Those who remain learn to stand up in public and defend their work as the best, greatest, most magnificent building that ever was (though they know it isn’t), to answer every professor’s question, to circumvent every logical objection, to appeal to every emotional weakness, and throw back every critique. These are professional bullies and we take their slings and arrows without batting an eye.
We learn how to describe our design concept in one word, our goal in one sentence, and out solution in an elevator pitch. We communicate with diagrams and drawing and color. We gain poise and professionalism, but we also build those walls higher, towering fortifications of ego. I had built my wall very high, indeed, but now I got a good view from the top when I climbed over it and I could see how much more there was.
I studied urban planning in graduate school. I learned how to listen to communities, how to assess needs and get genuine feedback on solutions, not just ego-aimed barbs. I joined the student government and stood for the opposition more often than not in four-hour debates. Afterward my opponent would thank me for my voice (and for loosing the vote). Nebraskans living up to our legacy of pragmatic hospitality, even in governance with million-dollar budgets on the line.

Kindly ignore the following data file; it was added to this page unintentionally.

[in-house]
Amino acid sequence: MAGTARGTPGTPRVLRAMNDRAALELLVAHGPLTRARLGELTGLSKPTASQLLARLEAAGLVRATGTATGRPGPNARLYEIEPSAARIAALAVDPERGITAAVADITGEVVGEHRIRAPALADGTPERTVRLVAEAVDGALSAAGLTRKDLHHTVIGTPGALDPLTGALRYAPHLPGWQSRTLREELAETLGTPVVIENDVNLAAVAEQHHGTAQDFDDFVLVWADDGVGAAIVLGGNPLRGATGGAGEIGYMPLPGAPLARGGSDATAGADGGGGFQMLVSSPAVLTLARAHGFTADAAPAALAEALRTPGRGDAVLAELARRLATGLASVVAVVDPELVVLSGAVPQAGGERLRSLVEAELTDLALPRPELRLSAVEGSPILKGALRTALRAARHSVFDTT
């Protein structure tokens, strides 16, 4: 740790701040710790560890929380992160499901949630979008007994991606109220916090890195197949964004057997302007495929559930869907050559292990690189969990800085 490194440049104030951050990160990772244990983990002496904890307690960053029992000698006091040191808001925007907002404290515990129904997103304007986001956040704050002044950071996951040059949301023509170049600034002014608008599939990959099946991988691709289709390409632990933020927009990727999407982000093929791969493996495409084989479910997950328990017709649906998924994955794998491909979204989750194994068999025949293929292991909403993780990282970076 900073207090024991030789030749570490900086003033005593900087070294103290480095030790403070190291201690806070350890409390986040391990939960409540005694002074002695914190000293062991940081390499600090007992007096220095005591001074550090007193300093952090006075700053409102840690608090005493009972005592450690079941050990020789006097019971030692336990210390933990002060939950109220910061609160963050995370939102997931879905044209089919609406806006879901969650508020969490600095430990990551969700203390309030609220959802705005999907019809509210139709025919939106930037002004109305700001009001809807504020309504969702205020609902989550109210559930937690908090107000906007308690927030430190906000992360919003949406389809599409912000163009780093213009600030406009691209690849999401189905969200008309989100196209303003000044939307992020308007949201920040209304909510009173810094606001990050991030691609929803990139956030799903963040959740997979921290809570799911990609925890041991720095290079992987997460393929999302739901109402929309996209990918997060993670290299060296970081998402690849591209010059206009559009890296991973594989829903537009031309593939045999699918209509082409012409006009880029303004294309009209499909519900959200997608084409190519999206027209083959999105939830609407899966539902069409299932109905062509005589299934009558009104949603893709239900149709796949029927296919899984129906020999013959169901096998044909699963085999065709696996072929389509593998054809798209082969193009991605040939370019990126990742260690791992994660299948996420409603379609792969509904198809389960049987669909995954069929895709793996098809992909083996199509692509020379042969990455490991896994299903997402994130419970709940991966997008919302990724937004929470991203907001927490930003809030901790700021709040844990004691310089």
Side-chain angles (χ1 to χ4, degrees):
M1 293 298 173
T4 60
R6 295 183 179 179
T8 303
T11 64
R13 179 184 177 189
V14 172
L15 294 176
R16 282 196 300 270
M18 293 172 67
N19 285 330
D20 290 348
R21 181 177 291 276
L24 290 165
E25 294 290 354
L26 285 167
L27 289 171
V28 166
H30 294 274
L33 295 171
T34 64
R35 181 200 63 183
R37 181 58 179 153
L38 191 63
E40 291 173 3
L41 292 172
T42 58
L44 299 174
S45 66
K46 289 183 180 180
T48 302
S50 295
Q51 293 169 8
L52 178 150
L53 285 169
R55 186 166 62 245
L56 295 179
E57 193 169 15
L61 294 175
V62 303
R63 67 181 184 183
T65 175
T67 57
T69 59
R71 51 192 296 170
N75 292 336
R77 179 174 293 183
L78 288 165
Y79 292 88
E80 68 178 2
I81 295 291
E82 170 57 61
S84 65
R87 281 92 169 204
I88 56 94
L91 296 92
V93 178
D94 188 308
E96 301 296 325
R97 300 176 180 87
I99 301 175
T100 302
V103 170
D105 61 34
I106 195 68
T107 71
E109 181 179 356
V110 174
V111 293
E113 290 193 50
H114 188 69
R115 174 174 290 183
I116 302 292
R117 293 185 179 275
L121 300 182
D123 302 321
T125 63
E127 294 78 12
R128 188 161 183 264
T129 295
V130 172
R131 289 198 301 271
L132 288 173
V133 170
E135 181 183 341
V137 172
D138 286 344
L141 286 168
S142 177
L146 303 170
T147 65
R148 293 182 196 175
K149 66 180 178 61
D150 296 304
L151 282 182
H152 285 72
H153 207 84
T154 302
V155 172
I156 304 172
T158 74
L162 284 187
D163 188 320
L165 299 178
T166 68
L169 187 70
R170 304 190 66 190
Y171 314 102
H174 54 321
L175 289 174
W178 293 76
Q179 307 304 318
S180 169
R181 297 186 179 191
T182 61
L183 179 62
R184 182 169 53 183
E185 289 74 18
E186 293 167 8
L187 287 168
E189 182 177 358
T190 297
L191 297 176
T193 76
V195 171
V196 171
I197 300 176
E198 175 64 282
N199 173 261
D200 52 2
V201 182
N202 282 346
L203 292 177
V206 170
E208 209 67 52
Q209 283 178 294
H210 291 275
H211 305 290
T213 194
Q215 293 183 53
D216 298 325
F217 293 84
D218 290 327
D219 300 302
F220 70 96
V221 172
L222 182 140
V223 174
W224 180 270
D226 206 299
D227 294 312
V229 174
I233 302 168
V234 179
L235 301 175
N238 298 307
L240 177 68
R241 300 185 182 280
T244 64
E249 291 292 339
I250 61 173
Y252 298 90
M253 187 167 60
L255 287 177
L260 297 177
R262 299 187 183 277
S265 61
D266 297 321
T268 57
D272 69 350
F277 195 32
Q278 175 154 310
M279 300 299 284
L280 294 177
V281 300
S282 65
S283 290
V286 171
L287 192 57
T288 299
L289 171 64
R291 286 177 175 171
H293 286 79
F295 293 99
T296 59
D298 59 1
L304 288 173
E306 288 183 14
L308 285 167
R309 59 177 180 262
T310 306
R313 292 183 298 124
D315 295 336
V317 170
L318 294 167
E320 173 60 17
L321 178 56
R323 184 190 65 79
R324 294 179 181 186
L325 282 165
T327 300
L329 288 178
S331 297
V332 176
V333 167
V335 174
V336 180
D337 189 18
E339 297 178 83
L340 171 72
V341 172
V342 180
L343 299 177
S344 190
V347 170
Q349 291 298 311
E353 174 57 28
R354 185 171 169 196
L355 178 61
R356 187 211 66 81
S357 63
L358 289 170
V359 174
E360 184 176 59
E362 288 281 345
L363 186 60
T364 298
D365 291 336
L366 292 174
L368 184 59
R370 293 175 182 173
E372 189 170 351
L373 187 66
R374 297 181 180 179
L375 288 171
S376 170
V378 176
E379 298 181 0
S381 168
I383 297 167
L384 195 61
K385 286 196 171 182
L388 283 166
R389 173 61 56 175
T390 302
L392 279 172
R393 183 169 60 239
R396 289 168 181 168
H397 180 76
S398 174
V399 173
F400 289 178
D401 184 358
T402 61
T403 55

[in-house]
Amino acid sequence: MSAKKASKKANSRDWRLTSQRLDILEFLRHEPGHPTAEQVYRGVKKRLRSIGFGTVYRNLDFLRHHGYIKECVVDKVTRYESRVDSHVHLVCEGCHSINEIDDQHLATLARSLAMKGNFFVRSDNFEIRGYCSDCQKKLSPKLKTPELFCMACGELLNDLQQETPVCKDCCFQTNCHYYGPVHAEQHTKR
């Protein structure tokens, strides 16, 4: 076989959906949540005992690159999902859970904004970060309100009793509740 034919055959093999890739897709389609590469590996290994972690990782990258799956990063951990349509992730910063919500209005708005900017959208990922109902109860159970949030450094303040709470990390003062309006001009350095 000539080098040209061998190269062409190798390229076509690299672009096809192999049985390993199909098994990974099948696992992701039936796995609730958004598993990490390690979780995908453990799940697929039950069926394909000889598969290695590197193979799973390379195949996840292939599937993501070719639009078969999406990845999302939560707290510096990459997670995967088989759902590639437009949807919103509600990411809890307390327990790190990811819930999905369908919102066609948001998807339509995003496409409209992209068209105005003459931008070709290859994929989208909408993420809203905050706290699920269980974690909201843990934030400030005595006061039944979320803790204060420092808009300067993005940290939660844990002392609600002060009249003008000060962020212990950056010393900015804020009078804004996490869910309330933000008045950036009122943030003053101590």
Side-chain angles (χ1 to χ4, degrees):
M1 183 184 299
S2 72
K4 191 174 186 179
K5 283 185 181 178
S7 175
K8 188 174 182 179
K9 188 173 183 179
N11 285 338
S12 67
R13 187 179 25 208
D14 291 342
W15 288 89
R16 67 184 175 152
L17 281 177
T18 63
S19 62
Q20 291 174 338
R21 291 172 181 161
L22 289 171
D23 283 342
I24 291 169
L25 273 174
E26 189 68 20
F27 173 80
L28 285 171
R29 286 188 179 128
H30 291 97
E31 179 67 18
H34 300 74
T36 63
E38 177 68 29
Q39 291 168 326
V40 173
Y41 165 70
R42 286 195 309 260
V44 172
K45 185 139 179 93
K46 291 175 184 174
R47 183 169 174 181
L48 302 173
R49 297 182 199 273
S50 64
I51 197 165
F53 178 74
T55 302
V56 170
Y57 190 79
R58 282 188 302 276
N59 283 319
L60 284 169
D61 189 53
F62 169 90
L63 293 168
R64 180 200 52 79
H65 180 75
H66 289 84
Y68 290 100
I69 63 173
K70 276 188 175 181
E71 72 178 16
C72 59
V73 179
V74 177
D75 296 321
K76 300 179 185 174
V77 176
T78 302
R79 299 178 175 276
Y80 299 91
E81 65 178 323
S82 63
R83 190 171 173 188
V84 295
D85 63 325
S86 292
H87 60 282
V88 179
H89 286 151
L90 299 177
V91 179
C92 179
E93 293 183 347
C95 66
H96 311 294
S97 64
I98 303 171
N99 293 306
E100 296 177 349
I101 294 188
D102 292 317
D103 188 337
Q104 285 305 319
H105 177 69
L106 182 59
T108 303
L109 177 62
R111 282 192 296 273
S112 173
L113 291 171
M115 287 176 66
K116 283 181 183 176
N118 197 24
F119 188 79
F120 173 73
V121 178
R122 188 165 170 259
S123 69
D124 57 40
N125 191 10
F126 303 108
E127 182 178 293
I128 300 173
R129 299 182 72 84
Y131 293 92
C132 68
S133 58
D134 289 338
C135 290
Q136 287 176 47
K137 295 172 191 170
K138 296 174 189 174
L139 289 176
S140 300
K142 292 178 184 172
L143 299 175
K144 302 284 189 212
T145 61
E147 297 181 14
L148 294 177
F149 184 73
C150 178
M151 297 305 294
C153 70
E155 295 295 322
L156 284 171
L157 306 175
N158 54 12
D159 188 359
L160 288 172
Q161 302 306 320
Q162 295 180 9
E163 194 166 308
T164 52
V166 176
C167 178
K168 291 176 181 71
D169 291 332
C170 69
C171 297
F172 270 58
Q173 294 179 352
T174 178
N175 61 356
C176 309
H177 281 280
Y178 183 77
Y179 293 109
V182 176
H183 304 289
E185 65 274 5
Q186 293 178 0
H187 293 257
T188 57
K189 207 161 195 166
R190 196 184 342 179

Somewhere in the midst of these battles, I found the Buddha. I learned to sit with my mind, listen mindfully, walk mindfully, eat mindfully, and, hardest of all, speak mindfully. Speak only when needed and always (in theory) with compassion and wisdom. This is very hard. I blogged to connect with other Buddhists thousands of miles away. That was seven years ago.
One day a man came to the retreat center I was working at over the summer. We chatted, hung out with friends, laughed and cried. No one was ever quite sure who he was or why he was there, but it was the same for all of us, so welcome. He was a New York Times travel writer, we discovered later, and he published a link to my blog in his next column. Fifteen seconds of fame, but enough to get me a new gig when I got home. Suddenly I was writing an opinion column in the student newspaper, first every other week, then every week, with eleven thousand print copies and more on the web. Then I was an assistant editor and then a section editor.